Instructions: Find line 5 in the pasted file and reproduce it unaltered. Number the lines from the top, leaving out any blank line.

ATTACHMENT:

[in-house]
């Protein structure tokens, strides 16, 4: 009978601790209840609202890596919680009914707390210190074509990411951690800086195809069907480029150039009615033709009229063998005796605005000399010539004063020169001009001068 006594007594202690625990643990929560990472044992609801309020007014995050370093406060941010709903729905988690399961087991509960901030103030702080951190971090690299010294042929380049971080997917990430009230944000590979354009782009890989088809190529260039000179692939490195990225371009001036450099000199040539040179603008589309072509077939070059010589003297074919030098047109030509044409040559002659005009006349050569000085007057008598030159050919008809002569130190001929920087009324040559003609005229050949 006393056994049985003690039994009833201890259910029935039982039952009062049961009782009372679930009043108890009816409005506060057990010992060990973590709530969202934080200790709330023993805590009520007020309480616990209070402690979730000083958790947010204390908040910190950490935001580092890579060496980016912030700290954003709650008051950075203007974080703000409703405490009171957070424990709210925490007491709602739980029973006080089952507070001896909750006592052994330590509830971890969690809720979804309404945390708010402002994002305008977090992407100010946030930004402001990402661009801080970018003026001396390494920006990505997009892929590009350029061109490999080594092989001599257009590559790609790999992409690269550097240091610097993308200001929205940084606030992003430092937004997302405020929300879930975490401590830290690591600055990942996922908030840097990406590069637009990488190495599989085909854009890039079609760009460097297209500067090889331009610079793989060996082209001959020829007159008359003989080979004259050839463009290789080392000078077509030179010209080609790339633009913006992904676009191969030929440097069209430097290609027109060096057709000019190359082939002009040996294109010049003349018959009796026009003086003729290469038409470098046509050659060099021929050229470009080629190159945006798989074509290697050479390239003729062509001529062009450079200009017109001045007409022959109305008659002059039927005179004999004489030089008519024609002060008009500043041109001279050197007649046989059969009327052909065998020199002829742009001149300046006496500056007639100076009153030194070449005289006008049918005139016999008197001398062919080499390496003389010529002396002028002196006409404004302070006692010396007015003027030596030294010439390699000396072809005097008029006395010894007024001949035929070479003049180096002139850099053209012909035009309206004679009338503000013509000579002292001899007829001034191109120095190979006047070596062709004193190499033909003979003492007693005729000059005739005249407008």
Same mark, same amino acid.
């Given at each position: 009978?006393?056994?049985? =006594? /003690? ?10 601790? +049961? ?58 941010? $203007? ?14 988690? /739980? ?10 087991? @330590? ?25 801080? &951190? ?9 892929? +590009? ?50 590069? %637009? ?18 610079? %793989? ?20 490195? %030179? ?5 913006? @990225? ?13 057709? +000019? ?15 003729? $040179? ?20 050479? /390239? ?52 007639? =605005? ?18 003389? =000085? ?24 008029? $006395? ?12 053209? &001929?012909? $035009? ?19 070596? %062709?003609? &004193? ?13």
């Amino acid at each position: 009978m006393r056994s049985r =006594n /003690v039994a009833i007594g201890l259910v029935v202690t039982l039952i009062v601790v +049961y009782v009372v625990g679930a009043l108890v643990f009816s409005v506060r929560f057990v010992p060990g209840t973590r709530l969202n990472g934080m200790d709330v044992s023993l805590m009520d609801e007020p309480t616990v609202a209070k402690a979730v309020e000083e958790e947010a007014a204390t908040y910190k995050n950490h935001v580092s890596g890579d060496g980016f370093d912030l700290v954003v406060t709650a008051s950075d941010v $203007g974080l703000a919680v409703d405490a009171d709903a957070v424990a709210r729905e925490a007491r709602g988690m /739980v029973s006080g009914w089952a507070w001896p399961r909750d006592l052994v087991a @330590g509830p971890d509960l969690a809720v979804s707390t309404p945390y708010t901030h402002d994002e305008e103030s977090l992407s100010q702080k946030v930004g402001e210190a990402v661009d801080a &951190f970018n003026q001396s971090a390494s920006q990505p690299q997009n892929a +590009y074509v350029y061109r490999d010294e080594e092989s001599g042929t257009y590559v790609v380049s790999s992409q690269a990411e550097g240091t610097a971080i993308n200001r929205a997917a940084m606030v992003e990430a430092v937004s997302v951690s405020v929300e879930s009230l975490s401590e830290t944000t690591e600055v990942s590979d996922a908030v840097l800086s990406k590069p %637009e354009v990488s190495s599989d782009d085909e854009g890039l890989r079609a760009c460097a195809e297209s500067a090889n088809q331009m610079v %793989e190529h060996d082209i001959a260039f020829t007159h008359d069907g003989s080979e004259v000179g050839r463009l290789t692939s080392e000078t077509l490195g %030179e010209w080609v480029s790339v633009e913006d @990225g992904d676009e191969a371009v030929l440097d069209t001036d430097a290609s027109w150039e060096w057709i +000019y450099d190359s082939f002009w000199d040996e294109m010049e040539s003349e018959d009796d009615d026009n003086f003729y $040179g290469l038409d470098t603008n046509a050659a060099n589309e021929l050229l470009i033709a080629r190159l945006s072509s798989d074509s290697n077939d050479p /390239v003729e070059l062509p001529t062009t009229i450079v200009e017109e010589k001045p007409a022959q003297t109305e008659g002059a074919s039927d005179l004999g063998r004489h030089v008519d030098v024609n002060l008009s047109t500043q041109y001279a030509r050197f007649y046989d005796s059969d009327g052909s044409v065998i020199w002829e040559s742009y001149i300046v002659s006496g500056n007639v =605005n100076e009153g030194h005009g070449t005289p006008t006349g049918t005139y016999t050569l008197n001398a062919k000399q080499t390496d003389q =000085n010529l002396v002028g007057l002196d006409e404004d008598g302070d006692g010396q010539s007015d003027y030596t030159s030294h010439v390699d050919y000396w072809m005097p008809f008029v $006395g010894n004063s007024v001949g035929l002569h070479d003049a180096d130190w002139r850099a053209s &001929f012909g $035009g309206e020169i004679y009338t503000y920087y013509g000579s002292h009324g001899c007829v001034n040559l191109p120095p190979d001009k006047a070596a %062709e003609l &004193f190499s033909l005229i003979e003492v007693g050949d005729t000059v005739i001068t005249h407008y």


């Amino acid at each position: 009978m006393r056994s049985r =006594n /003690v039994a009833i007594g201890l259910v029935v202690t039982l039952i009062v601790v +049961y009782v009372v625990g679930a009043l108890v643990f009816s409005v506060r929560f057990v010992p060990g209840t973590r709530l969202n990472g934080m200790d709330v044992s023993l805590m009520d609801e007020p309480t616990v609202a209070k402690a979730v309020e000083e958790e947010a007014a204390t908040y910190k995050n950490h935001v580092s890596g890579d060496g980016f370093d912030l700290v954003v406060t709650a008051s950075d941010v $203007g974080l703000a919680v409703d405490a009171d709903a957070v424990a709210r729905e925490a007491r709602g988690m /739980v029973s006080g009914w089952a507070w001896p399961r909750d006592l052994v087991a @330590g509830p971890d509960l969690a809720v979804s707390t309404p945390y708010t901030h402002d994002e305008e103030s977090l992407s100010q702080k946030v930004g402001e210190a990402v661009d801080a &951190f970018n003026q001396s971090a390494s920006q990505p690299q997009n892929a +590009y074509v350029y061109r490999d010294e080594e092989s001599g042929t257009y590559v790609v380049s790999s992409q690269a990411e550097g240091t610097a971080i993308n200001r929205a997917a940084m606030v992003e990430a430092v937004s997302v951690s405020v929300e879930s009230l975490s401590e830290t944000t690591e600055v990942s590979d996922a908030v840097l800086s990406k590069p %637009e354009v990488s190495s599989d782009d085909e854009g890039l890989r079609a760009c460097a195809e297209s500067a090889n088809q331009m610079v %793989e190529h060996d082209i001959a260039f020829t007159h008359d069907g003989s080979e004259v000179g050839r463009l290789t692939s080392e000078t077509l490195g %030179e010209w080609v480029s790339v633009e913006d @990225g992904d676009e191969a371009v030929l440097d069209t001036d430097a290609s027109w150039e060096w057709i +000019y450099d190359s082939f002009w000199d040996e294109m010049e040539s003349e018959d009796d009615d026009n003086f003729y $040179g290469l038409d470098t603008n046509a050659a060099n589309e021929l050229l470009i033709a080629r190159l945006s072509s798989d074509s290697n077939d050479p /390239v003729e070059l062509p001529t062009t009229i450079v200009e017109e010589k001045p007409a022959q003297t109305e008659g002059a074919s039927d005179l004999g063998r004489h030089v008519d030098v024609n002060l008009s047109t500043q041109y001279a030509r050197f007649y046989d005796s059969d009327g052909s044409v065998i020199w002829e040559s742009y001149i300046v002659s006496g500056n007639v =605005n100076e009153g030194h005009g070449t005289p006008t006349g049918t005139y016999t050569l008197n001398a062919k000399q080499t390496d003389q =000085n010529l002396v002028g007057l002196d006409e404004d008598g302070d006692g010396q010539s007015d003027y030596t030159s030294h010439v390699d050919y000396w072809m005097p008809f008029v $006395g010894n004063s007024v001949g035929l002569h070479d003049a180096d130190w002139r850099a053209s &001929f012909g $035009g309206e020169i004679y009338t503000y920087y013509g000579s002292h009324g001899c007829v001034n040559l191109p120095p190979d001009k006047a070596a %062709e003609l &004193f190499s033909l005229i003979e003492v007693g050949d005729t000059v005739i001068t005249h407008y």